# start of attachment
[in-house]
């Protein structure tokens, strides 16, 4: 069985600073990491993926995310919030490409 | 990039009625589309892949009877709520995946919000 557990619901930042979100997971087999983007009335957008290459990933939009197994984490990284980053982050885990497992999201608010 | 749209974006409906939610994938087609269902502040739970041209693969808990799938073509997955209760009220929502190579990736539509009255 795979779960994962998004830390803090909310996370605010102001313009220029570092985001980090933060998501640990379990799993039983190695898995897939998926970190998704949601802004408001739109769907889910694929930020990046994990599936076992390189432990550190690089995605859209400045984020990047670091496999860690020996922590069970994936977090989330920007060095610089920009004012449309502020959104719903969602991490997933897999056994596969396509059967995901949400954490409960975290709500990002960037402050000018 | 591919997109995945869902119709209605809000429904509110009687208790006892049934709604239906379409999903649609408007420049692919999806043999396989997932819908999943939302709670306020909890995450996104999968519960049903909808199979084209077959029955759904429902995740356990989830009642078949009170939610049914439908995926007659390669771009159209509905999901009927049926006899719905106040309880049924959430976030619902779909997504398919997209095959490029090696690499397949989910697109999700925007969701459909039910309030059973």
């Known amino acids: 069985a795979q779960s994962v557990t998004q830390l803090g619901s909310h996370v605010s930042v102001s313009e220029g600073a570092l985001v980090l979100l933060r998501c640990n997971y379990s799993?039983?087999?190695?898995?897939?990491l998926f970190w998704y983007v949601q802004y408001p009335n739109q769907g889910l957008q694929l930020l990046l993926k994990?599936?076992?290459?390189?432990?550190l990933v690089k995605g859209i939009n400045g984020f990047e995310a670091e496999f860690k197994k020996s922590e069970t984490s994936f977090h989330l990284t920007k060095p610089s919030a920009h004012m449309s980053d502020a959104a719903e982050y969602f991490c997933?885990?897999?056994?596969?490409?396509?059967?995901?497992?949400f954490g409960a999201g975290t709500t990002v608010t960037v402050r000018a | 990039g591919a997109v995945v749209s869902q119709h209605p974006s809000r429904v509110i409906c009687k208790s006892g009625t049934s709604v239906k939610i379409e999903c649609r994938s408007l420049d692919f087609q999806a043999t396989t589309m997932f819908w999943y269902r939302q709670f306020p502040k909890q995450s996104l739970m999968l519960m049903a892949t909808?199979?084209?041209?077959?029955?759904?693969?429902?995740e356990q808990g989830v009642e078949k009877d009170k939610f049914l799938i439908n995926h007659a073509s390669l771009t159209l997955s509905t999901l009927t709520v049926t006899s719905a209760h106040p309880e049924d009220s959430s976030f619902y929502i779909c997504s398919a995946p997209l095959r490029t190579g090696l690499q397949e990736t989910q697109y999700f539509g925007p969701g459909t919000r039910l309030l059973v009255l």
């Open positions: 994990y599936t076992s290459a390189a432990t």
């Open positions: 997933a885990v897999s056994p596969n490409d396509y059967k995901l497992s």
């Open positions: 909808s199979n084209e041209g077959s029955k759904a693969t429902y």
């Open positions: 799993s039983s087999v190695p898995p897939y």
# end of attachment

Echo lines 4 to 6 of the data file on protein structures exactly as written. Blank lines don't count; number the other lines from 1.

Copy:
């Open positions: 994990y599936t076992s290459a390189a432990t």
């Open positions: 997933a885990v897999s056994p596969n490409d396509y059967k995901l497992s």
């Open positions: 909808s199979n084209e041209g077959s029955k759904a693969t429902y």